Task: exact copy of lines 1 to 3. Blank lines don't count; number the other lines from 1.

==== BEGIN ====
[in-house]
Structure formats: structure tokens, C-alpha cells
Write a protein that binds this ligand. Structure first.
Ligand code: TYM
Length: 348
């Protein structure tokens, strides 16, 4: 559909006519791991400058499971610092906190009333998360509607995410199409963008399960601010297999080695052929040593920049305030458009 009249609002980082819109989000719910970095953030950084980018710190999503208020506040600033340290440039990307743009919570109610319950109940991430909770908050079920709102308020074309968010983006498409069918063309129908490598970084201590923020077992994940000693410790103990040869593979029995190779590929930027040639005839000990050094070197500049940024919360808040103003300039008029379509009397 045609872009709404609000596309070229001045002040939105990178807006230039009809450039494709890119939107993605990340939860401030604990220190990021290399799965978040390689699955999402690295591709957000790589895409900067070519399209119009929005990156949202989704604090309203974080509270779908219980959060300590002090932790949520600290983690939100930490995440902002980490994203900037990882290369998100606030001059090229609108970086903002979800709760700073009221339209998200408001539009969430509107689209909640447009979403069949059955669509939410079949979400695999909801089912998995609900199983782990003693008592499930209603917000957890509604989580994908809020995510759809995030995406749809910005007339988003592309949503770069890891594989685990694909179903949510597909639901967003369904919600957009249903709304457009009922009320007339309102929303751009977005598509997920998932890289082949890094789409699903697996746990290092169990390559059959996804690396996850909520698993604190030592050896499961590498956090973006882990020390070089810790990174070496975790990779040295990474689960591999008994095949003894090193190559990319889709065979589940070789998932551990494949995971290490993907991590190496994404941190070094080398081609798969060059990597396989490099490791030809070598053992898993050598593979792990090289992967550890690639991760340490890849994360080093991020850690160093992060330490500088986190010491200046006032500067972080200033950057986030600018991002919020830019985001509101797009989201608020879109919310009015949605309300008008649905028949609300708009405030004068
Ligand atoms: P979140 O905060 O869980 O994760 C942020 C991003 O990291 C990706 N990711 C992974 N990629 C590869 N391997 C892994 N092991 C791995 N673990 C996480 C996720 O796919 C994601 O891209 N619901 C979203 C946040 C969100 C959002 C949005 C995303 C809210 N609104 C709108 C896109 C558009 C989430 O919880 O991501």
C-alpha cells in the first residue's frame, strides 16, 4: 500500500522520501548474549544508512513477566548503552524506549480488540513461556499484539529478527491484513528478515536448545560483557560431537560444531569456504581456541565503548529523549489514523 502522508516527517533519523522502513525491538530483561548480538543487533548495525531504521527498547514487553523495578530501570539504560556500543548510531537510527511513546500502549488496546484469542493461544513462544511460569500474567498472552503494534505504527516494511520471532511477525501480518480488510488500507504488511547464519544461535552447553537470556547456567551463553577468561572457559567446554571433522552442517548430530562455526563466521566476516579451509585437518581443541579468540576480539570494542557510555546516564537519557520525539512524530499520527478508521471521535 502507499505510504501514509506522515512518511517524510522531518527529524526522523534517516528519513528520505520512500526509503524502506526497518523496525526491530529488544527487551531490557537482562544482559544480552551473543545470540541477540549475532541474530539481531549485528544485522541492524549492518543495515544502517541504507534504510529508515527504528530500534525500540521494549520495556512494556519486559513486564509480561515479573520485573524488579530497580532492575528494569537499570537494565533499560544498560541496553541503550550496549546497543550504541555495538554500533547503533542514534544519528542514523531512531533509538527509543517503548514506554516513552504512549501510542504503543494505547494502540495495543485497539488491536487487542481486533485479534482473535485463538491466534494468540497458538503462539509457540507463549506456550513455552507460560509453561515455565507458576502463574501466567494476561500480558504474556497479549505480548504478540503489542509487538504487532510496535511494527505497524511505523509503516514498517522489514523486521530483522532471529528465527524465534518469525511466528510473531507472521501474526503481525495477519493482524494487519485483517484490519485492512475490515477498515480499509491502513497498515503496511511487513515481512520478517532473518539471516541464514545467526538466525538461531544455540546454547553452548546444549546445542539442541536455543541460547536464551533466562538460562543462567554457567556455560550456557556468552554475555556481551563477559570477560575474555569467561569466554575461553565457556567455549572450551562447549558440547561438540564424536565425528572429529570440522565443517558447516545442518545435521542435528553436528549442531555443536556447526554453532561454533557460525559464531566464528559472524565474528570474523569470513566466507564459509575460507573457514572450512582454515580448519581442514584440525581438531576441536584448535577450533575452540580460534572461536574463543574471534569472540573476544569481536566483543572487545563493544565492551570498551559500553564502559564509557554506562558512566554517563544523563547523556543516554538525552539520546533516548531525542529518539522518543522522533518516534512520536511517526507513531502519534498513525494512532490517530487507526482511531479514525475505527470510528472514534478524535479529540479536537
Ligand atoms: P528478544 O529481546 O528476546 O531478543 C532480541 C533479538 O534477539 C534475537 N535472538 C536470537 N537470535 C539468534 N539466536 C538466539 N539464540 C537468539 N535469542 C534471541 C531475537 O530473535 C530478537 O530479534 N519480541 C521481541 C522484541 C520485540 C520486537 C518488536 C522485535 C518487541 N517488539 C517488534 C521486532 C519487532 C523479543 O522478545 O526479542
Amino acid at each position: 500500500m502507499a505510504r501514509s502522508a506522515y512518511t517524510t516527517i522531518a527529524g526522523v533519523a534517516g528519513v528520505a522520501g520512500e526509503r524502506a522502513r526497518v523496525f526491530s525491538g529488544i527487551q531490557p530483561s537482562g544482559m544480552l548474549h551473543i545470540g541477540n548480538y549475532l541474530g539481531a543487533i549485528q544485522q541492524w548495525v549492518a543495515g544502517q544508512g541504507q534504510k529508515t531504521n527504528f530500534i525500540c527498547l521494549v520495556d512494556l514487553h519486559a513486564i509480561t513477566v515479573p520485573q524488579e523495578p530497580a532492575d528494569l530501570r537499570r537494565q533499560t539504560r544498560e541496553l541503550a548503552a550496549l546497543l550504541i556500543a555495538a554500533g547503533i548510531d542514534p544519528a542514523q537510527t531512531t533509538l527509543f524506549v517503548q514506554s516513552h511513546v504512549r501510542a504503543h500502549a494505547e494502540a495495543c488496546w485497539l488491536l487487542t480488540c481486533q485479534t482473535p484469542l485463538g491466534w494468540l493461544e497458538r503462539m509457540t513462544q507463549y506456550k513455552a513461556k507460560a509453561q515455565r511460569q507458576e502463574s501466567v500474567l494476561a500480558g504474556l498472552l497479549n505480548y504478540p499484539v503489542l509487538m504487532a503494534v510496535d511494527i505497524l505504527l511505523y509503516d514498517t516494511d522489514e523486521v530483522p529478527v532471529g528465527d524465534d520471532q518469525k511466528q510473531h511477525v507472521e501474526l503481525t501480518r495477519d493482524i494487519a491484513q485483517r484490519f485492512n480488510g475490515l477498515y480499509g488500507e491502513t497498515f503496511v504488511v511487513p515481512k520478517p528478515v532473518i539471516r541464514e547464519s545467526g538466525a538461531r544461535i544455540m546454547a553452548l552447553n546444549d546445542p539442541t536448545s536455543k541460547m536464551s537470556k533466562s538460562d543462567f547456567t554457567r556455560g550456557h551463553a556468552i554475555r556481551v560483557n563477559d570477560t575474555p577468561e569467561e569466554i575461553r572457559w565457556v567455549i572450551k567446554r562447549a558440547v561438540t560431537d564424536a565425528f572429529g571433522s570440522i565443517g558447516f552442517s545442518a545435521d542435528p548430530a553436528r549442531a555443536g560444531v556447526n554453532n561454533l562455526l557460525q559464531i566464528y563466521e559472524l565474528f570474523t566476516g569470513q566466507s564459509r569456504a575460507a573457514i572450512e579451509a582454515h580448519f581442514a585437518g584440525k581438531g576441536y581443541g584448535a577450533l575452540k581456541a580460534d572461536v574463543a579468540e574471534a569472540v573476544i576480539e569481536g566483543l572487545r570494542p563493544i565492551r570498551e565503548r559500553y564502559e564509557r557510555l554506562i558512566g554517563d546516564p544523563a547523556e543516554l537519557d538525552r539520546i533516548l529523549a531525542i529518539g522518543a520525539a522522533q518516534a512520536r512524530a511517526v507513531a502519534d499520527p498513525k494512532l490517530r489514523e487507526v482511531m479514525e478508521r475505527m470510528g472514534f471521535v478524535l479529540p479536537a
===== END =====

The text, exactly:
[in-house]
Structure formats: structure tokens, C-alpha cells
Write a protein that binds this ligand. Structure first.